Long after they had finished the film an incident occurred. Steve lived on a barge in Wouldham, Kent, Vivian would come down occasionally and they had roaring (pissed) good times. Viv was extraordinary good fun if a bit wearing.
His son Toby, who was about 5 at the time, was almost killed in a very bad car accident. It was a very testing time for his parents. When he actually, miraculously, survived and was released from hospital Steve found it very difficult to talk on the phone, he didn't have the reserves to hold a conversation. Vivian called and just said 'I have just heard what has happened to Toby, how is the little rascal?'. With Vivian he found he could talk and he explained that the little rascal was almost dead, and is recovering swathed in bandages.
Vivian said 'I will see you shortly' and he took a taxi from Staines to Kent, spent God knows how much on it. He didn't know how to use trains, the world and Vivian didn't meet at many places. He arrived at the barge stone cold sober (the first time he had seen him sober). Like Gandalf, flowing beard and wild moustache, he stormed on to the barge saying 'Lead me to him dear boy, you must be suffering'. He went through and disappeared into the forecastle bedroom where Toby was, and nothing happened. When he checked two hours later he found Toby sitting bolt upright staring, with one eye like a tennis ball, transfixed, with Vivian telling him stories. Vivian sat in that room for 3 days and did not drink or act out of order, and simply talked Toby back to life.
You don't do that if you're as badly damaged as people think you are; you don't do that if the buddy you've made a film with had thrown you off the set and you hate him for it; you don't do that unless you've got an enormous sprit. He sat there and devoted those days to Toby. It's a side of Vivian which, too often, is not understood by people. He was a wild and dangerous bastard, but one of the sweetest guys you could ever meet.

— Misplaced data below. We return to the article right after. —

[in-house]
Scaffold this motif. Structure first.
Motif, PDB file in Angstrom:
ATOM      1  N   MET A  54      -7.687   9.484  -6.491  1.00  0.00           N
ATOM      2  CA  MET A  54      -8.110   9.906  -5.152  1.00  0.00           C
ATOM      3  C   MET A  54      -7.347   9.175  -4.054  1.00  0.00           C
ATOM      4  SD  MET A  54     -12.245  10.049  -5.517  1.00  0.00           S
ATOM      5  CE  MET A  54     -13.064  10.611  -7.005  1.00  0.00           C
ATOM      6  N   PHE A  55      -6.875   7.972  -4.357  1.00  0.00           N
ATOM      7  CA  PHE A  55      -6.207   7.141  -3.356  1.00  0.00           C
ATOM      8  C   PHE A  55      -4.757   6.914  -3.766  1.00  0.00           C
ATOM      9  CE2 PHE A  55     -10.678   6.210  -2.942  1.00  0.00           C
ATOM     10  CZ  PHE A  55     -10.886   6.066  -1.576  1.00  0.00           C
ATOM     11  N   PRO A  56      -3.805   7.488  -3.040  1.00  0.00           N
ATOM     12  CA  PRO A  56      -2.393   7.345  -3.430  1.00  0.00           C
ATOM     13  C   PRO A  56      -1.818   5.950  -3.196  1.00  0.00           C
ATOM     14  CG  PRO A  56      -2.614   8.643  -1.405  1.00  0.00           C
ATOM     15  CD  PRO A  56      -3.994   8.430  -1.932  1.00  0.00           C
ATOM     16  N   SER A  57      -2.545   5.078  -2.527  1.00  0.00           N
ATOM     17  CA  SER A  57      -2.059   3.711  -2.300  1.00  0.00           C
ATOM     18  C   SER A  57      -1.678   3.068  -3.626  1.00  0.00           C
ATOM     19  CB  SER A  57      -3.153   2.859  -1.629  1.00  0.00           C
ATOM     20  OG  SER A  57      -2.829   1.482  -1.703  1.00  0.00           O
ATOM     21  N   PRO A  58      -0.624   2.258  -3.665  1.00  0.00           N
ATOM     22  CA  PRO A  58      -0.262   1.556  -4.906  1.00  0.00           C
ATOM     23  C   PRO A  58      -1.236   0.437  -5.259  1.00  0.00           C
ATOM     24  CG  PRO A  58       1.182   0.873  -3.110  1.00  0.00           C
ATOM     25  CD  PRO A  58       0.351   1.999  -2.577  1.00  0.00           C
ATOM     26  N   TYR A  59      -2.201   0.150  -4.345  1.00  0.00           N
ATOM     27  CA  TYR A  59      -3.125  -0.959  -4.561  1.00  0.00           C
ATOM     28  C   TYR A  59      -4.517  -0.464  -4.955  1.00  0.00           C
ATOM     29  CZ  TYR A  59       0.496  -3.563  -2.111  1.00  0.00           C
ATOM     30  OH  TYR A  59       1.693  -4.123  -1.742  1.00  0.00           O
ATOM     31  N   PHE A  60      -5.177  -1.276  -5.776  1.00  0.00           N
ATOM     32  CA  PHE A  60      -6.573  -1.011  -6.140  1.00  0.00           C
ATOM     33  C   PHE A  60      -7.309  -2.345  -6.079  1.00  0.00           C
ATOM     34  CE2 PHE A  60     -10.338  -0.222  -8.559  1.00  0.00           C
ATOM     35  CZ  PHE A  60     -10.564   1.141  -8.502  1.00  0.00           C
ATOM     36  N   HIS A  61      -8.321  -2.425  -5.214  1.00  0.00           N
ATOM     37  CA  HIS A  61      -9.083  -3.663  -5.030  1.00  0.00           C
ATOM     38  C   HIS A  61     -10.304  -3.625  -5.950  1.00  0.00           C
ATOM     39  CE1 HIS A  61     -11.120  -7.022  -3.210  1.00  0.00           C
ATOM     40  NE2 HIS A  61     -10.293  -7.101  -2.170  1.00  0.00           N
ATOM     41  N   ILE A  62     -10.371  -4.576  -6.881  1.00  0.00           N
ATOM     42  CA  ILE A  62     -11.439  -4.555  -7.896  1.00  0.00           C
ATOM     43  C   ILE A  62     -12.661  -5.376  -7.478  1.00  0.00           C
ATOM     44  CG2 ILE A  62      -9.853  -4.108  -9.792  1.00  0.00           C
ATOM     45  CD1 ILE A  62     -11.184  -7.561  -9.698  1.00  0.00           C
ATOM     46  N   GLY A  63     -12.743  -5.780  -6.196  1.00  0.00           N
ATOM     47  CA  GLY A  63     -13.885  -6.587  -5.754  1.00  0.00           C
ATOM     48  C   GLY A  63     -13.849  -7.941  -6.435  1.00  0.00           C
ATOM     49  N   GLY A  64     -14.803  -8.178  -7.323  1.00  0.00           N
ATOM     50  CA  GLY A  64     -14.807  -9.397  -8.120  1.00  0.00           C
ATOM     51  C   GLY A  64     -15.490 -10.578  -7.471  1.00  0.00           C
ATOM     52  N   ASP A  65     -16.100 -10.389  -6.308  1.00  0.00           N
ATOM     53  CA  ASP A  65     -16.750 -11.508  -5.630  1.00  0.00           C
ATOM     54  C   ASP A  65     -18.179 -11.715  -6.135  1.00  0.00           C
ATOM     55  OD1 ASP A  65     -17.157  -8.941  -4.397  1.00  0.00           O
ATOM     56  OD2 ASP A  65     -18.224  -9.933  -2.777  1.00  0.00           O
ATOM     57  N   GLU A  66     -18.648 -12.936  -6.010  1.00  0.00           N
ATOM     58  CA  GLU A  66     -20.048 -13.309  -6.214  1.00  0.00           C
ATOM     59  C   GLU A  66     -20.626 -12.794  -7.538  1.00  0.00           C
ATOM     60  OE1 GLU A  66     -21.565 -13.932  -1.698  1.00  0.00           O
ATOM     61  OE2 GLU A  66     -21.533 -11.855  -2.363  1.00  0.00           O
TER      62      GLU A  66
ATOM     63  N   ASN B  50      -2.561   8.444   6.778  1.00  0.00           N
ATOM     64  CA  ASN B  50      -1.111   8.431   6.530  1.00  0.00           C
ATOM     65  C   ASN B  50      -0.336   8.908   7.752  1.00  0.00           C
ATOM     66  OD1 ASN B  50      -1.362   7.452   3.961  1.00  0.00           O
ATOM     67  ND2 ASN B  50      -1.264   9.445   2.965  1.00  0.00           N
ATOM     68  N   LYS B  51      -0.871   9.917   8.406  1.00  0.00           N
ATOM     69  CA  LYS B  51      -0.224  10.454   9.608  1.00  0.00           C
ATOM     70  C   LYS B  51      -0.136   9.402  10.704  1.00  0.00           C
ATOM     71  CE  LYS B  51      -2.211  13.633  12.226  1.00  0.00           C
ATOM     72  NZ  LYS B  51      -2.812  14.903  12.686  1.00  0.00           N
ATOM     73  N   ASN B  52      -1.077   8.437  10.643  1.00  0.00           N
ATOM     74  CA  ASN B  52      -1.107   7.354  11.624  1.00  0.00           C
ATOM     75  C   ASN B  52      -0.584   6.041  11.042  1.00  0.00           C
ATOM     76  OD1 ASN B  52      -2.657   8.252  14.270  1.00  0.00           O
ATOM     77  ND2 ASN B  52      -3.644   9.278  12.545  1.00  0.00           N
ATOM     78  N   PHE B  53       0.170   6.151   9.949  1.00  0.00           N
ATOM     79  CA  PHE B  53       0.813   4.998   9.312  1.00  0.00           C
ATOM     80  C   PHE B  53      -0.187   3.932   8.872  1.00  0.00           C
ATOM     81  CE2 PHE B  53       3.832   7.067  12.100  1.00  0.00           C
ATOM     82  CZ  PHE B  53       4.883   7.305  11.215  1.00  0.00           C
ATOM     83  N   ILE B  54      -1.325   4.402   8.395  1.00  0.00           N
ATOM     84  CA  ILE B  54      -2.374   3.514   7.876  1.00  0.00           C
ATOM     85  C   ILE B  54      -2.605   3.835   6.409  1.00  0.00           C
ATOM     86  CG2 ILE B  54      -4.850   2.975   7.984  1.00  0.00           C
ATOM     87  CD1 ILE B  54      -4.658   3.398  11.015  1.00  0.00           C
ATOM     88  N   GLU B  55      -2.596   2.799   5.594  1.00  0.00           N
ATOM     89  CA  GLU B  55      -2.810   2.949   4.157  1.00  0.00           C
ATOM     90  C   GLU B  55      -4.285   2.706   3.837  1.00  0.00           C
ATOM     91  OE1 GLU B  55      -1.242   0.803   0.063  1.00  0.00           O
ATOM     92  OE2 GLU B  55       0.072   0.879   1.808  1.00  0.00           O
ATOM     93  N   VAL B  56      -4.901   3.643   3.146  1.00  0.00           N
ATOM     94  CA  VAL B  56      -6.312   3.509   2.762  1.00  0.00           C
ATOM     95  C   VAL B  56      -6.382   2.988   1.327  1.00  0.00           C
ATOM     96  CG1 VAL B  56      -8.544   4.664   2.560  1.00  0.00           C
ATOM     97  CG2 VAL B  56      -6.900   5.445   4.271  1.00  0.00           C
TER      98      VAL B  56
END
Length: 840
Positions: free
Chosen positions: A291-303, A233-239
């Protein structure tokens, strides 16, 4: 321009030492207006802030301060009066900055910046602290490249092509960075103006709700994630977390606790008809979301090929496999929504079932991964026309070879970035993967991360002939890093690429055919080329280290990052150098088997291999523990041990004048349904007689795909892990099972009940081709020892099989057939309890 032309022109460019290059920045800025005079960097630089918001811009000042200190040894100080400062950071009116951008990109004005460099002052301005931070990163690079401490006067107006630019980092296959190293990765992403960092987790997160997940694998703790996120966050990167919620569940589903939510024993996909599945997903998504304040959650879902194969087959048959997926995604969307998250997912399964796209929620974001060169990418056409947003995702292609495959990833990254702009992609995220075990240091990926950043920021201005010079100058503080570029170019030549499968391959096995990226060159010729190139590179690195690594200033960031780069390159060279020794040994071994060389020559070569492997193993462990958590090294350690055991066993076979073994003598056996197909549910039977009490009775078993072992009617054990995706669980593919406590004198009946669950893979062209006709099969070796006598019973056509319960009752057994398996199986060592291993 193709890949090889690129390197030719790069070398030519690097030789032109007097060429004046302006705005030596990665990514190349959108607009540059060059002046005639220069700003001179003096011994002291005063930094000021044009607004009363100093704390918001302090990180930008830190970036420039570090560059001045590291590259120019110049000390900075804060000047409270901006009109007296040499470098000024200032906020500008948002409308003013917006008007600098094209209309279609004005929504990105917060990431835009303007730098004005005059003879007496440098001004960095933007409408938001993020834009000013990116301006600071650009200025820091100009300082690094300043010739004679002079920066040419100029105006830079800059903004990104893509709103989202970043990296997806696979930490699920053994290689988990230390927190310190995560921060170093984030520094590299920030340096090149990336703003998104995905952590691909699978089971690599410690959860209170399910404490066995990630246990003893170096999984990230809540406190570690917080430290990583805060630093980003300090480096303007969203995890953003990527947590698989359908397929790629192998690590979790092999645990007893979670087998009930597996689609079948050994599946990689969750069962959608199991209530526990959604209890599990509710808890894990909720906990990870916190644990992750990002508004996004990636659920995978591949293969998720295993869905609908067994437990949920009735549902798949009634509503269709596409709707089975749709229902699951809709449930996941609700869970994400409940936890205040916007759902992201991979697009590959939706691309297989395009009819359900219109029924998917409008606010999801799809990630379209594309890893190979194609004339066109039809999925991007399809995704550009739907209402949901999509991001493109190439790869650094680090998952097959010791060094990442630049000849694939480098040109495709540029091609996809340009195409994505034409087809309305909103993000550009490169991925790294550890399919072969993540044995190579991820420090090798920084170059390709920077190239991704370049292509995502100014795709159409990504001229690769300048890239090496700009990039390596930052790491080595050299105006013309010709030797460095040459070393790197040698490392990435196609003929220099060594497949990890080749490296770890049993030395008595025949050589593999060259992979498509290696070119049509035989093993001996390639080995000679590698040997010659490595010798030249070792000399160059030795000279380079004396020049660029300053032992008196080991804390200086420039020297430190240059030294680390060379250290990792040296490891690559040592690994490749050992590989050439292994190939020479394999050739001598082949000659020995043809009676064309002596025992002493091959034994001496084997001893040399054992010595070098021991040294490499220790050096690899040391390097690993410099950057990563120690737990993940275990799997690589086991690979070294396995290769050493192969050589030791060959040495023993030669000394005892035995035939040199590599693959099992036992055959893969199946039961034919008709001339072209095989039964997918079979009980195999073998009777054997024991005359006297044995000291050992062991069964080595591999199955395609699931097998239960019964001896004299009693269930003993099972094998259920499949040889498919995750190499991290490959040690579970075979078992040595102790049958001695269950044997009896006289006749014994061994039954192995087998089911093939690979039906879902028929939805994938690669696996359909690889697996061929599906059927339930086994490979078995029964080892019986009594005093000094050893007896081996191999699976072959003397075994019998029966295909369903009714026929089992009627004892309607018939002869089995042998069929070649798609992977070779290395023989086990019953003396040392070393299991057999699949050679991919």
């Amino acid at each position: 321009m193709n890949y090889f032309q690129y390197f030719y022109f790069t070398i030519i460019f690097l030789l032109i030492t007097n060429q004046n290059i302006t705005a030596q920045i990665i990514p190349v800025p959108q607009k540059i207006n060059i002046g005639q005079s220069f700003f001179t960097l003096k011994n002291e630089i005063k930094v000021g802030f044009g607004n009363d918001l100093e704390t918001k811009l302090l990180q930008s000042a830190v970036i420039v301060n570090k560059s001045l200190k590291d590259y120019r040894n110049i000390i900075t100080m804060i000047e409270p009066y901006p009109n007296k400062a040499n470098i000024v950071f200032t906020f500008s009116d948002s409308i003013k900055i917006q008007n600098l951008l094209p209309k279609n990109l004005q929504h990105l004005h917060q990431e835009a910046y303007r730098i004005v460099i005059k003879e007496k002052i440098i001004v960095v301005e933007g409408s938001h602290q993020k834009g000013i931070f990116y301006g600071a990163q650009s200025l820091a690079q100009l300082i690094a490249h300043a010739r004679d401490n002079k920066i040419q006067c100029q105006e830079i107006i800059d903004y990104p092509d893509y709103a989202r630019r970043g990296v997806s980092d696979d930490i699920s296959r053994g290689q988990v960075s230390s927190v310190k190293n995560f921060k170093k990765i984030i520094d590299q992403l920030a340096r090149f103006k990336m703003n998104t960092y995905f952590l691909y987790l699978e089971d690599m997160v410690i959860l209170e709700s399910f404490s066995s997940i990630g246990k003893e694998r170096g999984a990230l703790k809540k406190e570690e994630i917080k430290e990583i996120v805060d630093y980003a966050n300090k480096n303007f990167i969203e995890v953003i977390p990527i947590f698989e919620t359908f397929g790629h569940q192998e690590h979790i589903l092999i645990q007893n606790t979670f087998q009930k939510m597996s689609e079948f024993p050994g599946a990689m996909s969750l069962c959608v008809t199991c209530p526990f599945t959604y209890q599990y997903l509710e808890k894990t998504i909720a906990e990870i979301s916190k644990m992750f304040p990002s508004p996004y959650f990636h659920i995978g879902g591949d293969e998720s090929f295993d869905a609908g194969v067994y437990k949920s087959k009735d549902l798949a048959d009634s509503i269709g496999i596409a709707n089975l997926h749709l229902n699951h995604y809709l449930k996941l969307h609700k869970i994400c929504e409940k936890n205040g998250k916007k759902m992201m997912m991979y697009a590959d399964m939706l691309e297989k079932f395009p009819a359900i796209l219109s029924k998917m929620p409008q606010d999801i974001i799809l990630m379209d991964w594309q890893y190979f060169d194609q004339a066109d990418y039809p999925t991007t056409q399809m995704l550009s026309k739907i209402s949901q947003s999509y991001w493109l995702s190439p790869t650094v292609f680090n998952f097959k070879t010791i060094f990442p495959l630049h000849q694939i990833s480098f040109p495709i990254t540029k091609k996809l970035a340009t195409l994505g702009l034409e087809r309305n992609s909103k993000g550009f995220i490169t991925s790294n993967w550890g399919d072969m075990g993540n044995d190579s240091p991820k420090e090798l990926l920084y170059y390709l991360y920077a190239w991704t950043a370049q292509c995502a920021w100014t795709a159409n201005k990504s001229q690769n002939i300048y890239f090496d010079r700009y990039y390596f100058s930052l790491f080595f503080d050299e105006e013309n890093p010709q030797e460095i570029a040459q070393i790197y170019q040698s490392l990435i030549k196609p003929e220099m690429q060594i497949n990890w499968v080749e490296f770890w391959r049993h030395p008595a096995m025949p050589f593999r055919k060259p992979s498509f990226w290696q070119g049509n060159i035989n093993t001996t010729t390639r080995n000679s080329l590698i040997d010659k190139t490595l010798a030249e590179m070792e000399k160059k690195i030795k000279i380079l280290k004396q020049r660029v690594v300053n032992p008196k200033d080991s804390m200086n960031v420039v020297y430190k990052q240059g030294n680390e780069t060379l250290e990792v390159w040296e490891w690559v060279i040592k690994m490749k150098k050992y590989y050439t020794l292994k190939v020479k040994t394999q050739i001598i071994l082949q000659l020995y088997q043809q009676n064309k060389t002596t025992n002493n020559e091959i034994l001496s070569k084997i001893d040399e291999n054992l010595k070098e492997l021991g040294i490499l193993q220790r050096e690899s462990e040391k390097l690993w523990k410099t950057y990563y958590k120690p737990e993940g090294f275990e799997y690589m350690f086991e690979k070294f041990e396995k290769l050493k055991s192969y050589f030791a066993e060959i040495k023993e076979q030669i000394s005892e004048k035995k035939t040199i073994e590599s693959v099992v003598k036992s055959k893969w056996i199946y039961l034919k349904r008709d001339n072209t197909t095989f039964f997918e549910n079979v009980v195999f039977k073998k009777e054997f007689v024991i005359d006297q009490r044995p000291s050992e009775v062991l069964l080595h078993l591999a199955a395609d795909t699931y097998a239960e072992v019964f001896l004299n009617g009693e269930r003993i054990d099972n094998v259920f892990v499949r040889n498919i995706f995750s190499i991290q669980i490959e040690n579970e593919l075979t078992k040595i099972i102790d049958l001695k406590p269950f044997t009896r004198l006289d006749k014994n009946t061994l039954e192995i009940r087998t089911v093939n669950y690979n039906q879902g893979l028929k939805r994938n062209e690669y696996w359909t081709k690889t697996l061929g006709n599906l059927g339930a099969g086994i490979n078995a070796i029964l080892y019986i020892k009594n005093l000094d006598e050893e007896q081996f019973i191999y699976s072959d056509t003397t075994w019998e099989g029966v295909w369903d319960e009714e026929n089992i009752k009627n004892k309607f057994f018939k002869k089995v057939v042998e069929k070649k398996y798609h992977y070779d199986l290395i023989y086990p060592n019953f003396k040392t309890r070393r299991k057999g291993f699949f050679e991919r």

There was another time when Vivian rang Steve's wife Liz. He adored Liz, always behaved impeccably around her, which was unusual considering how he acted round most women. When asked where Steve was she told him he was out on the river rowing with Toby. Viv exploded 'How can he do that? I can't row on rivers with my son'. It wasn't that he was angry with Liz or Steve, he was angry with himself because one side of his personality kept him away from these innocent forms of pleasure. He couldn't row up the river, like Mr Toad, with his son, and sometimes it hurt him a lot.
While they were writing the screenplay Steve once spent 4 hours on a bed with his arms around him as he wept and begged me to stop him dying. He'd fall down and assume the foetal position because he'd taken a cocktail of pills and his heart would start fibrillating. At these times Viv would become very afraid that he was going to die. You'd have to get hold of him and drag him to bed. It wasn't an uncommon occurrence among his acquaintances for these situations to arise.

Part 2